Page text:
In the midst of any dry spell in a town or city, the dust raised from normal traffic can be a cause for concern both for visibility and for breathing air. Conversely, during periods of very wet weather, water runoff from traditional road surfaces and grassy overflow parking lots can create mud holes which also cause problems. Neither of these two situations occurs with the use of permeable paver systems.

#8  Grass paving

Grass paving can be a very effective engineering approach, especially in the case of overflow parking lot areas. By using a plastic permeable paver base with grass fill, even the very heaviest weights can be supported, while the parking area remains aesthetically appealing. Since any heavy rain would seep directly into the ground and on into the groundwater system, the possibility of creating a mud pit in the parking area is avoided.

#9  Maintenance costs

Typical asphalt or concrete roadways and parking lots inevitably require maintenance and repairs, especially in areas where heavy snows occur, and road treatment and plowing services are required. In these communities, the Department of Transportation often maintains a summer crew of workers dedicated to such repairs, and local paving contractors are likewise kept busy. By contrast, maintenance costs for permeable pavers are virtually nil because they do not crack or degrade, and no potholes ever need filling.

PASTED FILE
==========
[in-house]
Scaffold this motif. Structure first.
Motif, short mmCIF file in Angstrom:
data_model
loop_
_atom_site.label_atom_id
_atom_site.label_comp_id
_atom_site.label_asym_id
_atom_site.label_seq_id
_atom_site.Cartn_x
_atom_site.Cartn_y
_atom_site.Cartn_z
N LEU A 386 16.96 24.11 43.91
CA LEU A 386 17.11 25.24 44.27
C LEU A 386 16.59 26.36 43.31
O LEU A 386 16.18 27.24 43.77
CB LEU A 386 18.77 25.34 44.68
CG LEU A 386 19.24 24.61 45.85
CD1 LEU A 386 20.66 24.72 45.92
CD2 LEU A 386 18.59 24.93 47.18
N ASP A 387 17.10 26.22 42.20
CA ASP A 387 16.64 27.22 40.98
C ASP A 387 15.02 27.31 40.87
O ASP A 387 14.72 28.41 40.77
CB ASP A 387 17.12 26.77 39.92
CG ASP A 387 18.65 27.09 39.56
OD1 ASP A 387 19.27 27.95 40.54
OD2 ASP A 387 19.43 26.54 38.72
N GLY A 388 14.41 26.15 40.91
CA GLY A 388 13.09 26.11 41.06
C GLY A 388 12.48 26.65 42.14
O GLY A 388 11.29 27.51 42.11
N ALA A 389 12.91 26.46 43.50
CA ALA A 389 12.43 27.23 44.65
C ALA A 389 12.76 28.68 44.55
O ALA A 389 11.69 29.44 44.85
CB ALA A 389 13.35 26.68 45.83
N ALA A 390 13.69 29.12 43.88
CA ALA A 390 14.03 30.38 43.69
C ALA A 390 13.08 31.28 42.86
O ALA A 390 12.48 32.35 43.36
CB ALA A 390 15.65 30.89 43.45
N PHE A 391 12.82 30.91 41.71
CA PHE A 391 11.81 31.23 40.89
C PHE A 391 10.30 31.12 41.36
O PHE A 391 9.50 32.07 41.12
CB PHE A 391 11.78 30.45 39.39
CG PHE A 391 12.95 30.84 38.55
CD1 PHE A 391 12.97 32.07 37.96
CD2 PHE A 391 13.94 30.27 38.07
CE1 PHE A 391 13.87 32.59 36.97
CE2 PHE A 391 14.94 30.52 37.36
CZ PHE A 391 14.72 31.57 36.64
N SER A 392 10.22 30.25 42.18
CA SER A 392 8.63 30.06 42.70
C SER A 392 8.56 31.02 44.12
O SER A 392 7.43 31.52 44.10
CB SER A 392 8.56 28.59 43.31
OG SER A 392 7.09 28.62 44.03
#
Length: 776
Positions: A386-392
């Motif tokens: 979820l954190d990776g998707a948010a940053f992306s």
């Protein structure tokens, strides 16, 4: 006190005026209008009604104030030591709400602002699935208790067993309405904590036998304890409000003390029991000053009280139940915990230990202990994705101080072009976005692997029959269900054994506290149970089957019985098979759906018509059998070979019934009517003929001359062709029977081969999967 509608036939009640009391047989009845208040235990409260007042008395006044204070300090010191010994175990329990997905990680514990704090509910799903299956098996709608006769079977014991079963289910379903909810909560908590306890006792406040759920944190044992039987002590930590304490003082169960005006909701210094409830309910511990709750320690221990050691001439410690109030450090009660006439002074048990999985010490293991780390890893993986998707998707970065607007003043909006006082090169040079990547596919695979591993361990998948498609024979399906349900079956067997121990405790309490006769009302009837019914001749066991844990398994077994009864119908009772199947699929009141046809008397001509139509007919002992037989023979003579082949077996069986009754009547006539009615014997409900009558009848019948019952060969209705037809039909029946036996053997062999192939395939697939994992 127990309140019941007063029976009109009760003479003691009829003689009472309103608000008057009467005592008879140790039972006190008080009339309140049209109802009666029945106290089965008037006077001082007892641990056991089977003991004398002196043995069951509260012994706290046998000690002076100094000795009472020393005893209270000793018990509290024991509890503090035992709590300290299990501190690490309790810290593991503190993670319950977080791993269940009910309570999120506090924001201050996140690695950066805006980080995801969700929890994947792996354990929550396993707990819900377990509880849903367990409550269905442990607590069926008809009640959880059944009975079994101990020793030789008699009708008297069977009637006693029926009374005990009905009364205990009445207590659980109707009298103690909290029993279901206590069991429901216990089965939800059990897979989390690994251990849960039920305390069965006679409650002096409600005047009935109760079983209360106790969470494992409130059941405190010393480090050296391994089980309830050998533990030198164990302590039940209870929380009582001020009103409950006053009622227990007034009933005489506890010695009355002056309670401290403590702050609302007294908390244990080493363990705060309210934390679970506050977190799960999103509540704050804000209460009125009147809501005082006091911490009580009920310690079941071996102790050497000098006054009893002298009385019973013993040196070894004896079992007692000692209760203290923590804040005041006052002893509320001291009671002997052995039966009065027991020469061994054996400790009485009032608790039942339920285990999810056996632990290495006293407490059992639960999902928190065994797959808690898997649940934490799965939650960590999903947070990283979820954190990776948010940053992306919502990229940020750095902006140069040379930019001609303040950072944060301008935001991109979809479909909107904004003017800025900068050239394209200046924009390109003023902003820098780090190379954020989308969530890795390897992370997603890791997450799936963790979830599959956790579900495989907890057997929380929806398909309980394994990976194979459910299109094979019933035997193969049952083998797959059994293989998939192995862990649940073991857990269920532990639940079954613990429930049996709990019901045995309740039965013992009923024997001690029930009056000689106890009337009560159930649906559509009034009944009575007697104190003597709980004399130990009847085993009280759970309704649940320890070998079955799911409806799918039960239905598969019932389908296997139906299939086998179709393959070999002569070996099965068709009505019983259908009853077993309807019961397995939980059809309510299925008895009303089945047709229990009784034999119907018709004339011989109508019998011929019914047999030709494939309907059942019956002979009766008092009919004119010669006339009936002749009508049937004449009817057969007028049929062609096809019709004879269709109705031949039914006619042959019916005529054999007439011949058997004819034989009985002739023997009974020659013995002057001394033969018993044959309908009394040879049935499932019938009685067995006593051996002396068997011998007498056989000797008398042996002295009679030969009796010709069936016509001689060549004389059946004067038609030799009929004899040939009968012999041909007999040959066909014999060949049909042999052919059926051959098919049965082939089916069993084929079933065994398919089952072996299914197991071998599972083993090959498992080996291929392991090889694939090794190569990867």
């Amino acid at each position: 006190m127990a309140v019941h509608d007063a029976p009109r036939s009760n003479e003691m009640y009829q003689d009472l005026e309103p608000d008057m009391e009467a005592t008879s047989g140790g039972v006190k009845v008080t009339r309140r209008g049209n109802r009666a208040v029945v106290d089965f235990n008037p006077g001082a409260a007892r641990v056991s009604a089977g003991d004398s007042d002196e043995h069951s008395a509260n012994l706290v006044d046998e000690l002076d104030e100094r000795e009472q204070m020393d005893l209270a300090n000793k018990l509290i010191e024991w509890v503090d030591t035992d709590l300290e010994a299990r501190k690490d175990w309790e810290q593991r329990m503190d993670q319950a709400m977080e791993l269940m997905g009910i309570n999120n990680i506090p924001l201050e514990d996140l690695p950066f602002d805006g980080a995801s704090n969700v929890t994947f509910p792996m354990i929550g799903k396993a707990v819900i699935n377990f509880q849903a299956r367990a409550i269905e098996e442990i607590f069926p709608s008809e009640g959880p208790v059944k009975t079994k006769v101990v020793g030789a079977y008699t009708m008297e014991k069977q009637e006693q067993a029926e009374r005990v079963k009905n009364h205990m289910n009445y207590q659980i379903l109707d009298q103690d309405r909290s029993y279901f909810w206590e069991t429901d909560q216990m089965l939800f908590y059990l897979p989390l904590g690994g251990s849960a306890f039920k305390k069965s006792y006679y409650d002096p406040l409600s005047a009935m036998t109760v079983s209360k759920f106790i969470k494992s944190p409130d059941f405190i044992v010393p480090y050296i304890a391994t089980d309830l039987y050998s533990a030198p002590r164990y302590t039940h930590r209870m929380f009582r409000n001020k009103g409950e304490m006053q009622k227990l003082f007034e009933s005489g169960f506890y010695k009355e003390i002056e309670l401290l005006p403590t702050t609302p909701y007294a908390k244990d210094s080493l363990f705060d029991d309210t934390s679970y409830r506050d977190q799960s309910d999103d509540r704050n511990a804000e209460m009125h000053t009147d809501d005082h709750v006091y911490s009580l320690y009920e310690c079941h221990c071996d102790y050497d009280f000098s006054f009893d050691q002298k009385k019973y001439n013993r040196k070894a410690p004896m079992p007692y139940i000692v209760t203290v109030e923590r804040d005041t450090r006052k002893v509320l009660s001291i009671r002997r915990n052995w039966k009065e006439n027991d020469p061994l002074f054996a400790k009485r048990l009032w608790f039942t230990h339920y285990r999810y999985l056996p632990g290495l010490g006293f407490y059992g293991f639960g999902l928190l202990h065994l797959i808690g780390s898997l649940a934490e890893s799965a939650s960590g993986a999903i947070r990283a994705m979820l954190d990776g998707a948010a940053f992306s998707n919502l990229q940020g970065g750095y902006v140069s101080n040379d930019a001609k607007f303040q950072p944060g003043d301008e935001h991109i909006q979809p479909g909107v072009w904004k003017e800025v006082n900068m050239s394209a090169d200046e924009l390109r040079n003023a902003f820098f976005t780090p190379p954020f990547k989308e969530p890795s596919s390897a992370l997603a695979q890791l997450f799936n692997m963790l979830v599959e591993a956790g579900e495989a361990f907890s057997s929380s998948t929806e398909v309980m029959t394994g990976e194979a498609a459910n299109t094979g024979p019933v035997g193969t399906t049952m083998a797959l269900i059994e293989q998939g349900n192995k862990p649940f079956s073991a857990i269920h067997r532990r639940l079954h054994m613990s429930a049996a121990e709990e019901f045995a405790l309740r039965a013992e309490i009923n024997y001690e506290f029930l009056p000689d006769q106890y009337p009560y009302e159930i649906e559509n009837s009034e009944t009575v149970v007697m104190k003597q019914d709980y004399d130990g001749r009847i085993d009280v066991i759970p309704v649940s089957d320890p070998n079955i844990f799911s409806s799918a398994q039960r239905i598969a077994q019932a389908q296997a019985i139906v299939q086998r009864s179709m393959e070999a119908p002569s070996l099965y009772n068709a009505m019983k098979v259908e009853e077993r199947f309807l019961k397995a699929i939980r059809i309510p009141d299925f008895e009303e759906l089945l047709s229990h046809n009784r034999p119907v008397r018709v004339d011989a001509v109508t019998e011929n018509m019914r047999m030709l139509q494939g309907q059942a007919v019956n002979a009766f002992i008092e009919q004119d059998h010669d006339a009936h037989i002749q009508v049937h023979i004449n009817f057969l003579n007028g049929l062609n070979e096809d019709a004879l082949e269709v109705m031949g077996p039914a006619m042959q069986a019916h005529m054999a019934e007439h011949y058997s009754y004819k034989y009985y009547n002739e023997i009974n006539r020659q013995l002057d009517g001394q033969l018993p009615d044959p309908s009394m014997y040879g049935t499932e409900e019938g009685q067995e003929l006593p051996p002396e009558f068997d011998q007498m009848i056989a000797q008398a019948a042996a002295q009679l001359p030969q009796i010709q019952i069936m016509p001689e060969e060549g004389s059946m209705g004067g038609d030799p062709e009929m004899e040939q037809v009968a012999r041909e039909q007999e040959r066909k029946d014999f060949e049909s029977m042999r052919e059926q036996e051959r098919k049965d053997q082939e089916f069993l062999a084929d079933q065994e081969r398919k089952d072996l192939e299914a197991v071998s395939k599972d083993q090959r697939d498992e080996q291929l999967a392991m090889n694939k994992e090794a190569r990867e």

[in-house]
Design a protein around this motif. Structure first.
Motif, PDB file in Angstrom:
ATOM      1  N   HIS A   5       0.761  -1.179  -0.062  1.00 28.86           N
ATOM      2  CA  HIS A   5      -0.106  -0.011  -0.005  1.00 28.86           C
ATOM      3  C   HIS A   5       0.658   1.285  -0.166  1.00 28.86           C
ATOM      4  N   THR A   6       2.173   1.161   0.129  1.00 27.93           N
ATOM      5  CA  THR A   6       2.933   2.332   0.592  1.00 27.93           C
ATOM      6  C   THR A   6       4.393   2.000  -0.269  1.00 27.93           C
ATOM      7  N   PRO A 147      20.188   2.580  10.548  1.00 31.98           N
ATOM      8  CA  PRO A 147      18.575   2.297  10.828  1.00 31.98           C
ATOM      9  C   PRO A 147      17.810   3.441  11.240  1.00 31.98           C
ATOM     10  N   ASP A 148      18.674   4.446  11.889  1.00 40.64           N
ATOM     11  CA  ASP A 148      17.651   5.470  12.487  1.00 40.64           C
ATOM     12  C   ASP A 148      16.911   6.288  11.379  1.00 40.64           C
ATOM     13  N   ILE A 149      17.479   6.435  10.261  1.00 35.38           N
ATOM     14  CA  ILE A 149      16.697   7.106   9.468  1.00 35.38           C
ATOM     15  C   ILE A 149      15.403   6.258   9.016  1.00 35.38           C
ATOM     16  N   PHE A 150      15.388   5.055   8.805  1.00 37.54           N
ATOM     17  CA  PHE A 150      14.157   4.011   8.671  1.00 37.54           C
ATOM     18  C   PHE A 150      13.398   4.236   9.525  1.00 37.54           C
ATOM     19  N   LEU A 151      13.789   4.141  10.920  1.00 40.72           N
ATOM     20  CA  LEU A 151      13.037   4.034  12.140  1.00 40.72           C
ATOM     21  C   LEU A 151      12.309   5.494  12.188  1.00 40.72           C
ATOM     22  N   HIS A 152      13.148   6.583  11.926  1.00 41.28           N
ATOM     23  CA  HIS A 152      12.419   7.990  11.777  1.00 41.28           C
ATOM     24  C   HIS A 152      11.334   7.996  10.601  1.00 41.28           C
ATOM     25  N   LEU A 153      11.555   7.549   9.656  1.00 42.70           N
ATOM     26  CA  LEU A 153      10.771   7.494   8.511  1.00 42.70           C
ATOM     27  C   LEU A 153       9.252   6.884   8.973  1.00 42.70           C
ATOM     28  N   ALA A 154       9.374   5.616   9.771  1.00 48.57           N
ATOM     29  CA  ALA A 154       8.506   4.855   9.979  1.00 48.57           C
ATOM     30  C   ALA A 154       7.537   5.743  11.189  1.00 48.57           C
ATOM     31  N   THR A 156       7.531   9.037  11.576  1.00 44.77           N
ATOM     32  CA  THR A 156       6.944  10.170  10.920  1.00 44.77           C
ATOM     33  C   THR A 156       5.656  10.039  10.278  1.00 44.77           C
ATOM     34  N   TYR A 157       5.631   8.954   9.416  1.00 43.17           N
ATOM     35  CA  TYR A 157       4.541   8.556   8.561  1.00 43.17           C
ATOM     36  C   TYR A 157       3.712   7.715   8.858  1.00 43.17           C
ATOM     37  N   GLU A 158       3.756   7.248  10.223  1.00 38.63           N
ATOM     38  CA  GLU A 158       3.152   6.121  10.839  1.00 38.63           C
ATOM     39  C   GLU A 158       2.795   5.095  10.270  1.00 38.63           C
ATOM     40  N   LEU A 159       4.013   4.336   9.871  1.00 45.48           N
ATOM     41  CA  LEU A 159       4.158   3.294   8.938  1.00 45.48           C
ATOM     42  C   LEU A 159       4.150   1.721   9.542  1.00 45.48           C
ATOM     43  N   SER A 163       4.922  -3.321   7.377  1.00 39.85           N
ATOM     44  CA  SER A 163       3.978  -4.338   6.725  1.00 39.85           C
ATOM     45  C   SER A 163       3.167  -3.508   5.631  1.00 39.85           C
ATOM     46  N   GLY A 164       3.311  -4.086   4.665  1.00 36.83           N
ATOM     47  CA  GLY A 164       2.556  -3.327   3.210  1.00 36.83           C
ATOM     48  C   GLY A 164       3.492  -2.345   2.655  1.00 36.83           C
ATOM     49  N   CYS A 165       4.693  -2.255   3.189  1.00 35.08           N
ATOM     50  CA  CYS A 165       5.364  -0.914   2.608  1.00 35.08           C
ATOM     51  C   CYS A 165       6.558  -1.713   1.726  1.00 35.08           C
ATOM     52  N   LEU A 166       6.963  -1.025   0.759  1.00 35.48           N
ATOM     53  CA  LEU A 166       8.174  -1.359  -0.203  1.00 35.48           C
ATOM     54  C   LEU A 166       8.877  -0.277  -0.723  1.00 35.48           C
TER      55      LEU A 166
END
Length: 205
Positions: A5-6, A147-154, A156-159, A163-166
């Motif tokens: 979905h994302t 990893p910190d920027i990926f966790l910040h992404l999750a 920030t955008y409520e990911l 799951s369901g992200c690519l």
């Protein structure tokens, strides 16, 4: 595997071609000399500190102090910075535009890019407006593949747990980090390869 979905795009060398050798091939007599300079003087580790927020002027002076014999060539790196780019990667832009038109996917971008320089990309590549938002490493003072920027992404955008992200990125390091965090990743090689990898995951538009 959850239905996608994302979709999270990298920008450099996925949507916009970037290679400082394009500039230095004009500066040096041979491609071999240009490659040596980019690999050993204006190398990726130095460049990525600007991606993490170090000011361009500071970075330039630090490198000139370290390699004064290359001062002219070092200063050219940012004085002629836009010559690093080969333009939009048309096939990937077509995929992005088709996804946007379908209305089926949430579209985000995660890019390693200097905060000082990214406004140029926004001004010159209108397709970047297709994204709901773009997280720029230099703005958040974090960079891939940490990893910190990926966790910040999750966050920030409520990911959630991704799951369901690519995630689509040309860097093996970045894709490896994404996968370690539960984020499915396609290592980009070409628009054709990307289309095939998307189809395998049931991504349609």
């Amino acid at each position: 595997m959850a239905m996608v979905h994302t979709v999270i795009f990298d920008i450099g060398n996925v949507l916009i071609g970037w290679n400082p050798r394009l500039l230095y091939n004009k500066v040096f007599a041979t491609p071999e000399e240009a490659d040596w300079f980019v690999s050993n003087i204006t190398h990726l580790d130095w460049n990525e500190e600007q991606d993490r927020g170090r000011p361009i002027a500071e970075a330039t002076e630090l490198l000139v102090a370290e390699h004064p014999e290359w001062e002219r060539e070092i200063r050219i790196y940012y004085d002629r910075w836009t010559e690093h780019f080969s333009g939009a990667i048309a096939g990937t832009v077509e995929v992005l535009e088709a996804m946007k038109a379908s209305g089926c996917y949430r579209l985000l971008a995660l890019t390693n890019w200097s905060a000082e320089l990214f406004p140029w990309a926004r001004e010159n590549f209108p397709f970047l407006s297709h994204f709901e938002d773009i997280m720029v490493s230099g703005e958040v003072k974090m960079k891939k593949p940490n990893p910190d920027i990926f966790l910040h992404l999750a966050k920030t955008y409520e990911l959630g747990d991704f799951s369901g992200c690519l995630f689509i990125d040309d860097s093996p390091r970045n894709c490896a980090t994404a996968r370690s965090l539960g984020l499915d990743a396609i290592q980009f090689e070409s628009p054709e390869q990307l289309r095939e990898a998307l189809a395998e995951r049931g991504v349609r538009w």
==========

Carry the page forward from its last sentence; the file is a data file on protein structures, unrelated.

#10  Adaptability

Because permeable paver solutions are modular in design and can easily be put together after analysis of specific local requirements, they can be adapted to almost any set of circumstances in any environment. Traditional methods are far less flexible, and often simply cannot provide an adequate solution for local requirements.

List of Sources:

http://www.greenparkingcouncil.org/featured/manifesto-future-parking-lots/

http://www.scgh.com/go-green/landscaping-and-outdoors/permeable-paving/

http://www.lowimpactdevelopment.org/

http://www.lowimpactdevelopment.org/green_highways.htm